“Apprenticeship is [a] model of workforce training that allows employees to earn while they learn. These programs generally last from one to six years and include a combination of on-the-job training and formal classroom instruction. Registered apprentices earn progressively increasing wages and an industry-recognized credential” (p.2).
“[W]orkforce boards and the apprenticeship system have traditionally operated on parallel tracks. New efforts in each system are now working to change that. The Workforce Innovation and Opportunity Act (WIOA) and apprenticeship guidance from the U.S. Department of Labor are encouraging integration of these efforts by positioning workforce boards to engage in apprenticeship” (p.1).
“[The authors] disseminated a survey in the summer of 2017 to better understand how workforce boards are engaging in apprenticeship and what challenges they face as they try to expand apprenticeship in their regions. The 145 local and single-state workforce development boards that responded represent 26 percent of those surveyed and 24 percent of all state and local boards in the country….[T]he respondents provide insight into the nature of apprenticeship activities and interest among workforce boards across the country.
This briefing details the key lessons learned from the workforce board respondents” (p.1-2).
“The apprenticeship experiences and challenges of boards throughout this brief provide insight into the ways in which workforce boards can be empowered to strengthen and grow the apprenticeship system” (p.14).(Abstractor: Author and Website Staff)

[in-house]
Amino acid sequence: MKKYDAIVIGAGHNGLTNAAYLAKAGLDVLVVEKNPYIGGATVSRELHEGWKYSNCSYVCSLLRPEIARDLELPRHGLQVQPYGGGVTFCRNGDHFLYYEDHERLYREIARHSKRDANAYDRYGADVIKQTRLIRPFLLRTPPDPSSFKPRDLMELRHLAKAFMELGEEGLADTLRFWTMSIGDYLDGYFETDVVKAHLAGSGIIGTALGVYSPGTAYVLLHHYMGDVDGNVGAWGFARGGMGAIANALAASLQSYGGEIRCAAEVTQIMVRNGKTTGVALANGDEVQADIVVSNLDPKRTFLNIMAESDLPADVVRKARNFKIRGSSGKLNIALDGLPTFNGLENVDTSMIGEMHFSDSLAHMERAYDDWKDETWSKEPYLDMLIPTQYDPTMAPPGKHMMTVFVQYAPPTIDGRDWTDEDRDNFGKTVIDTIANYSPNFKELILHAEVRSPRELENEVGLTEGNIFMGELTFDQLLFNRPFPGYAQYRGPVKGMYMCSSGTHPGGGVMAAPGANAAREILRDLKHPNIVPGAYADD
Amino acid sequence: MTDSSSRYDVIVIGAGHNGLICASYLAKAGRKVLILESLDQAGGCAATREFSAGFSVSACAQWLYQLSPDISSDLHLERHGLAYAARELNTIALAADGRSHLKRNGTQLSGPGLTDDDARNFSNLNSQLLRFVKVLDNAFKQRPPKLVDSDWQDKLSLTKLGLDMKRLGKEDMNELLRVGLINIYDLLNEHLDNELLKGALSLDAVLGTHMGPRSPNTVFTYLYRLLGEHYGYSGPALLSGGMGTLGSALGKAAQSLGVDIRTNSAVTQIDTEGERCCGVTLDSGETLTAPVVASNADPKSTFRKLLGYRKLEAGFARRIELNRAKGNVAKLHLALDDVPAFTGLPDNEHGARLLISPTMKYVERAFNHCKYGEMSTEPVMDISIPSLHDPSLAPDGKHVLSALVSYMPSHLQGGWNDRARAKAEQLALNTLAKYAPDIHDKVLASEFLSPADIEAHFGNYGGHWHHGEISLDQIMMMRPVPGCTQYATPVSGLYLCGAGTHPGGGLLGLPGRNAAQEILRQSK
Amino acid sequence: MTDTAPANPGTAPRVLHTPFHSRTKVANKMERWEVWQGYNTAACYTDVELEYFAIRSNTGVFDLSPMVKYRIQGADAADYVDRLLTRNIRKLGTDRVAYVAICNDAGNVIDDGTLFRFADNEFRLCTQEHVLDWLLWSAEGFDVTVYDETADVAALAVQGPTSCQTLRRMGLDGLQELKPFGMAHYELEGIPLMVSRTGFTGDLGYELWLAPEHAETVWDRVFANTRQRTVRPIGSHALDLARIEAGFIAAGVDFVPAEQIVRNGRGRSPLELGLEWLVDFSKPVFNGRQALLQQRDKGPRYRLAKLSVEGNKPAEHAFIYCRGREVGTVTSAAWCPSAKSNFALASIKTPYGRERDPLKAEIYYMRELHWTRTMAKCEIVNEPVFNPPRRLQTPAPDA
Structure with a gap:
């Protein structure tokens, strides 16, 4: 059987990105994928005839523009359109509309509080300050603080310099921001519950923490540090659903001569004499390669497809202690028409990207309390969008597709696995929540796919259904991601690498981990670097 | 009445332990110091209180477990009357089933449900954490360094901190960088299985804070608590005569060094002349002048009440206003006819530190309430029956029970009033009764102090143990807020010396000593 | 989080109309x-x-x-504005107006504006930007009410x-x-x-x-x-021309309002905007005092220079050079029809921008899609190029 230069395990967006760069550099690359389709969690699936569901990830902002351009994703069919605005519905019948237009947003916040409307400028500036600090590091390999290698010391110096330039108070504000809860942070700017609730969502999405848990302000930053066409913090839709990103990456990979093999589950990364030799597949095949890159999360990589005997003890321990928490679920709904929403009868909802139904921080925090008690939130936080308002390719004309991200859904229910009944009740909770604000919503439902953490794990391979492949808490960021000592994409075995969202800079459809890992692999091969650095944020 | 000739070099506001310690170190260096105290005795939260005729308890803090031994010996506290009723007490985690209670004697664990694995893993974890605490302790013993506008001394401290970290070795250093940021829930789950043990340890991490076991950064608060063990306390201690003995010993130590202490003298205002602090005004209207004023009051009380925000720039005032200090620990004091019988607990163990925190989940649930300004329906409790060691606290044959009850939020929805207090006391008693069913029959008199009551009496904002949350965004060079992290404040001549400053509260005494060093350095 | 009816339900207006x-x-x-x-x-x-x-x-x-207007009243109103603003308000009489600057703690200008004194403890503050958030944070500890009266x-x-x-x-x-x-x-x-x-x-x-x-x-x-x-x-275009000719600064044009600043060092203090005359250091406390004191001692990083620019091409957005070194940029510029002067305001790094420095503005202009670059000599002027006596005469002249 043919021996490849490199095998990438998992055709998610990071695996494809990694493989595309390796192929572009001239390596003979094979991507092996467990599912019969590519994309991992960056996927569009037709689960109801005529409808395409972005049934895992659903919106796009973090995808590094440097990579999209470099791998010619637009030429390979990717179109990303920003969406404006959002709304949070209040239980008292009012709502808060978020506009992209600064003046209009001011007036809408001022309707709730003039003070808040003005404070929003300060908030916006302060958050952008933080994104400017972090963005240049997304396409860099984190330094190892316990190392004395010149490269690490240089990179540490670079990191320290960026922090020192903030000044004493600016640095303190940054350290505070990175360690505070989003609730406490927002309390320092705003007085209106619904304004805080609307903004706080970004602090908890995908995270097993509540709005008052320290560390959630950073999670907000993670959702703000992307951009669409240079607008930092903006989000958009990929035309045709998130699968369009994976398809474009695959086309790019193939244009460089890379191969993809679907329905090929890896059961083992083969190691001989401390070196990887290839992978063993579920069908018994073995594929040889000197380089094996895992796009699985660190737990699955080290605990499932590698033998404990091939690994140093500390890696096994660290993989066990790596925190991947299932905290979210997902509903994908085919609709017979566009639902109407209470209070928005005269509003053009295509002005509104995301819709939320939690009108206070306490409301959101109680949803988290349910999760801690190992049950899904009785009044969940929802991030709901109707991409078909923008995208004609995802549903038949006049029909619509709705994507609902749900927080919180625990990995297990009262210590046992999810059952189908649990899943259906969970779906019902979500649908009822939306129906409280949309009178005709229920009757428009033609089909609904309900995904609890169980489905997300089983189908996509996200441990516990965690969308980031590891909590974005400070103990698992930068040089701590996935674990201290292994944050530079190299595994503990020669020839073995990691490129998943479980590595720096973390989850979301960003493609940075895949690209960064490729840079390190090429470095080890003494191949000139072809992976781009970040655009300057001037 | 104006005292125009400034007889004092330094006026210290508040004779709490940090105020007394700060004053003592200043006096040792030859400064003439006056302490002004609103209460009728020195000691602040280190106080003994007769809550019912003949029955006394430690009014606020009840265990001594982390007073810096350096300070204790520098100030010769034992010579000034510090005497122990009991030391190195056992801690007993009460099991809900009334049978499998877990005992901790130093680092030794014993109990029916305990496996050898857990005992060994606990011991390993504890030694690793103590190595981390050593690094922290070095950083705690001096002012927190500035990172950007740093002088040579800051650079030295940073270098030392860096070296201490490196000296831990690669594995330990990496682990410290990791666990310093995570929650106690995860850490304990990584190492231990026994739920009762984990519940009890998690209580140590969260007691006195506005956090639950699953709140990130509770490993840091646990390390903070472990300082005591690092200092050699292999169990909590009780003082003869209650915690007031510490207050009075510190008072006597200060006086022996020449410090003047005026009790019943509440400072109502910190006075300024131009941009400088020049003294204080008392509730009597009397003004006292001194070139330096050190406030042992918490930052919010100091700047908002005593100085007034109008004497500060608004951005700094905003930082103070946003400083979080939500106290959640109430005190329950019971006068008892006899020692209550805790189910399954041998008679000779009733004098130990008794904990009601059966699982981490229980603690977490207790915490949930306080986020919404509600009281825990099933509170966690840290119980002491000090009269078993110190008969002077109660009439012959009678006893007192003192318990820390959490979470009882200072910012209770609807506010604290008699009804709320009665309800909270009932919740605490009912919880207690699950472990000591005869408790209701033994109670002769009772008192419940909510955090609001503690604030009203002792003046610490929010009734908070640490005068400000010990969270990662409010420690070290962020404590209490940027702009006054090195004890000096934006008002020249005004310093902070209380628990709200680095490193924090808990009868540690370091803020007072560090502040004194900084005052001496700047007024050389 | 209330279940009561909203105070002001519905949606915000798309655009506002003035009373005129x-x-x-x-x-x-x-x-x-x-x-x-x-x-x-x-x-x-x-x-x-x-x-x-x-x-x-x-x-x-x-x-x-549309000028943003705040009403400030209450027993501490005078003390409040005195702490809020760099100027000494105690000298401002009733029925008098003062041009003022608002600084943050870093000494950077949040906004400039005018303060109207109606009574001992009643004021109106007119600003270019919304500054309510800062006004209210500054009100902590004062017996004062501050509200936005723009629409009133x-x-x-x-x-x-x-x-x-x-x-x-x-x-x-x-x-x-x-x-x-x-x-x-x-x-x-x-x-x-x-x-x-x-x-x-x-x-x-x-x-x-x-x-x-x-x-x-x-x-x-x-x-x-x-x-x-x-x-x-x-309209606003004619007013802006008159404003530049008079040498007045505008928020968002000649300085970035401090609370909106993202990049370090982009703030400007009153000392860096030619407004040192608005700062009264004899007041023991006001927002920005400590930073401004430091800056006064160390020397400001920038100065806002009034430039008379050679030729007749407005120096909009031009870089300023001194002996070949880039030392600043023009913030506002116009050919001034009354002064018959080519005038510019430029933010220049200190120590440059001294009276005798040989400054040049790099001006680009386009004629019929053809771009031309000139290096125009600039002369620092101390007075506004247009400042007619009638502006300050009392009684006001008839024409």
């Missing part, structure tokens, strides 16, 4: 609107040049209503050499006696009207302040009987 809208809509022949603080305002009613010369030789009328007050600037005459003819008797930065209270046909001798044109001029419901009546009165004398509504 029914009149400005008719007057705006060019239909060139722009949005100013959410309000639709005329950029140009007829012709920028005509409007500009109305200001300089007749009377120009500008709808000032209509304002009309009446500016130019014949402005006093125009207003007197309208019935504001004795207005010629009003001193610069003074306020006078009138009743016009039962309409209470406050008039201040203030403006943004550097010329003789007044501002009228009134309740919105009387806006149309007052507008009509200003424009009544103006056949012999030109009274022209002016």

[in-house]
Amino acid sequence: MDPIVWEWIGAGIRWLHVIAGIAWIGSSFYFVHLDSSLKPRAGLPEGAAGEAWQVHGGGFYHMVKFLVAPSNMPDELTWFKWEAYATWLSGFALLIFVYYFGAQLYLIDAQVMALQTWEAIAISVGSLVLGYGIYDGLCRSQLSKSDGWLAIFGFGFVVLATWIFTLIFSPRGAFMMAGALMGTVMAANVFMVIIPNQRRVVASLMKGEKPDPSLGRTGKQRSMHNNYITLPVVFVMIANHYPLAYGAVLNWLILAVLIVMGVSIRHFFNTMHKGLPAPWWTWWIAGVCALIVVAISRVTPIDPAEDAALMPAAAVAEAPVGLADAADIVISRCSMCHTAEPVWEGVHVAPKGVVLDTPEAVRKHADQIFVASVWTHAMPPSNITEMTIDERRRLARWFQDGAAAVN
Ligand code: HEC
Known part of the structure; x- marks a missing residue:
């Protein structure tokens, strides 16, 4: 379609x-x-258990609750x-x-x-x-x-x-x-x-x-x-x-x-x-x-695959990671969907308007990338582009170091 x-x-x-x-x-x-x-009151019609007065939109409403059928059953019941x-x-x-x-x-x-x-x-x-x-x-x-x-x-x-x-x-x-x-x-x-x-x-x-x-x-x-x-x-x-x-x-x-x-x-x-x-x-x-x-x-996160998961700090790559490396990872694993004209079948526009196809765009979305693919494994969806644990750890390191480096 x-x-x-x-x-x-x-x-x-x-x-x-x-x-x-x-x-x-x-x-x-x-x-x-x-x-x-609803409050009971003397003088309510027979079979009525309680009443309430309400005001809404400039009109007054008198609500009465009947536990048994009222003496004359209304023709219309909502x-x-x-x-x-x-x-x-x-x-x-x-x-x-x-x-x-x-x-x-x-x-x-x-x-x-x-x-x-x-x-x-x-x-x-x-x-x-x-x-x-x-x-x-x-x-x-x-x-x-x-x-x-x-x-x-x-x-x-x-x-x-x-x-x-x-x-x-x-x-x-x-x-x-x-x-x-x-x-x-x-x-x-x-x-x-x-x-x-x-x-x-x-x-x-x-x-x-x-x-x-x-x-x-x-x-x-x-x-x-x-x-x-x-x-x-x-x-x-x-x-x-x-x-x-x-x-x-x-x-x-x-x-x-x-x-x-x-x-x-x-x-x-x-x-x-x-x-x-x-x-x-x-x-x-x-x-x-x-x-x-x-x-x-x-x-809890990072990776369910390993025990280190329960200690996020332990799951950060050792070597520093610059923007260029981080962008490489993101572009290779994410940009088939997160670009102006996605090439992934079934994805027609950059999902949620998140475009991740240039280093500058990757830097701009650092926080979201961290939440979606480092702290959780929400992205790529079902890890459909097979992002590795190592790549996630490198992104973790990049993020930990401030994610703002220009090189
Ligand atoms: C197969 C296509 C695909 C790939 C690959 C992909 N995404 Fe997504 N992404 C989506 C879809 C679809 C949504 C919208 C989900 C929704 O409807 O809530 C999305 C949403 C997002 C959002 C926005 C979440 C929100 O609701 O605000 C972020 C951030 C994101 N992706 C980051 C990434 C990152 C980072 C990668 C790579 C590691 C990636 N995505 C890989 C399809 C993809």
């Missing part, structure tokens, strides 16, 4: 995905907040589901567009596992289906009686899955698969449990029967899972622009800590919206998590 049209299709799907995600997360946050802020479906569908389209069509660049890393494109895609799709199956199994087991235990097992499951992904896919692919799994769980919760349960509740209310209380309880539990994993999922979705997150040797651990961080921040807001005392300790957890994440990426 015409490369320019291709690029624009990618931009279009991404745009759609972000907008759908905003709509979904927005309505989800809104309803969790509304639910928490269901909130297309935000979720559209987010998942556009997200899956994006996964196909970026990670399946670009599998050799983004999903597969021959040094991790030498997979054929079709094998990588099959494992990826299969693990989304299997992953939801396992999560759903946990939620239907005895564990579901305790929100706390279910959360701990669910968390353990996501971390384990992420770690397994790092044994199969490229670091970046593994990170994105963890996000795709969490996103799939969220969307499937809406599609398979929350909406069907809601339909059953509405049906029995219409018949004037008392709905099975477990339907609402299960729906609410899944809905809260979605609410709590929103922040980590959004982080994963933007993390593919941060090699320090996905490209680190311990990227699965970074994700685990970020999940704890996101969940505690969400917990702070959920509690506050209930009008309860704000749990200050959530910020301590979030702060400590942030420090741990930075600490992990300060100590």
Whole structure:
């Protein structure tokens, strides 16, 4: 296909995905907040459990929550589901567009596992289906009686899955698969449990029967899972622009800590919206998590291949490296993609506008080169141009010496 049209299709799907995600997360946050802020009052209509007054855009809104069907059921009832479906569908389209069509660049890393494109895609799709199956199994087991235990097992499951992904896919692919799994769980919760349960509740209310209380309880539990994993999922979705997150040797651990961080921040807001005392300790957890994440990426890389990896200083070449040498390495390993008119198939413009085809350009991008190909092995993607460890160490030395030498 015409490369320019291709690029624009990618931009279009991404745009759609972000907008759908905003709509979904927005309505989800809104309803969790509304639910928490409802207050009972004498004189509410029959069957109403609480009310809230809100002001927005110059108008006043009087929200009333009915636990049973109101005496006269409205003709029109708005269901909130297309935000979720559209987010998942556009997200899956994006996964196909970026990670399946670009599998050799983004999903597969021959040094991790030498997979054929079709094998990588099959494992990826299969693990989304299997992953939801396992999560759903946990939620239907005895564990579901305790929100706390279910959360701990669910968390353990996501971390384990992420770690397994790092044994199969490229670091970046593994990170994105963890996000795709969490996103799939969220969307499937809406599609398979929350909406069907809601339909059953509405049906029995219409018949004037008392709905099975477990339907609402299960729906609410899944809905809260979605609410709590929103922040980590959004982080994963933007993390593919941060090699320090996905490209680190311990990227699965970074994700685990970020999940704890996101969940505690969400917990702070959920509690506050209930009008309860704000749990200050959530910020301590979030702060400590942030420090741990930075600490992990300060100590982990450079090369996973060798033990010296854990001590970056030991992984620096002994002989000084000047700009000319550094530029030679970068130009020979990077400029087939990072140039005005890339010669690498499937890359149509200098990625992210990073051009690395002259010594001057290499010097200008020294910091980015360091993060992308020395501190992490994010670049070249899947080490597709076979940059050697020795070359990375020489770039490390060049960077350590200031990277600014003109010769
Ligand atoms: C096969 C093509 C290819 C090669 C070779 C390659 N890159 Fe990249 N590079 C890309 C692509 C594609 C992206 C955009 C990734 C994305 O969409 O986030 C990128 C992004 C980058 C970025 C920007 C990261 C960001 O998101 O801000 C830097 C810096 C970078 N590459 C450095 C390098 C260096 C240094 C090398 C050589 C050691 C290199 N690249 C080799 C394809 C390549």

Major Findings & Recommendations
“The key areas of both activity and concern among the workforce boards are employer engagement, recruitment of apprentices, administration and implementation processes, and funding. Rural boards and those without current apprenticeship activity could also benefit from targeted support. With additional resources and technical assistance in these areas, apprenticeship is poised for growth among workforce boards” (p.2). “The challenges faced by boards, and particularly their perceptions about the hesitations among employers, point to a need for better information, assistance, and successful examples and best practices from leading boards” (p.14). “Written materials are important but are not enough to translate into action. Boards want more hands-on assistance as well….[The authors] recommend that…state apprenticeship agencies, and other stakeholders invested in the expansion of the apprenticeship system make the following investments to better engage workforce boards: • Provide a centralized hub that is trusted by workforce boards to disseminate existing publications and tools, with a focus on the topics requested by workforce boards and included throughout this brief • Develop step-by-step resources targeted exclusively to workforce boards, so that available materials better integrate the perspective and needs of workforce boards • Identify and create case studies of workforce boards that have developed successful apprenticeship programs for partnerships • Convene regional in-person apprenticeship accelerator events that address both national and state-specific apprenticeship challenges and opportunities • Establish an ongoing peer learning group for workforce boards interested in expanding apprenticeship that includes customized and shared technical assistance support • Offer ongoing convenings and webinars to teach the mechanics of developing apprenticeship programs to local boards • Support the implementation of outreach and recruitment strategies to attract high-quality pre-apprenticeship and apprenticeship candidates through the American Job Centers • Pilot apprenticeship programs with workforce boards as intermediaries or sponsors, focusing on strategies with high potential for impact, such as in rural areas or in nontraditional occupations” (p.14). (Abstractor: Author and Website Staff)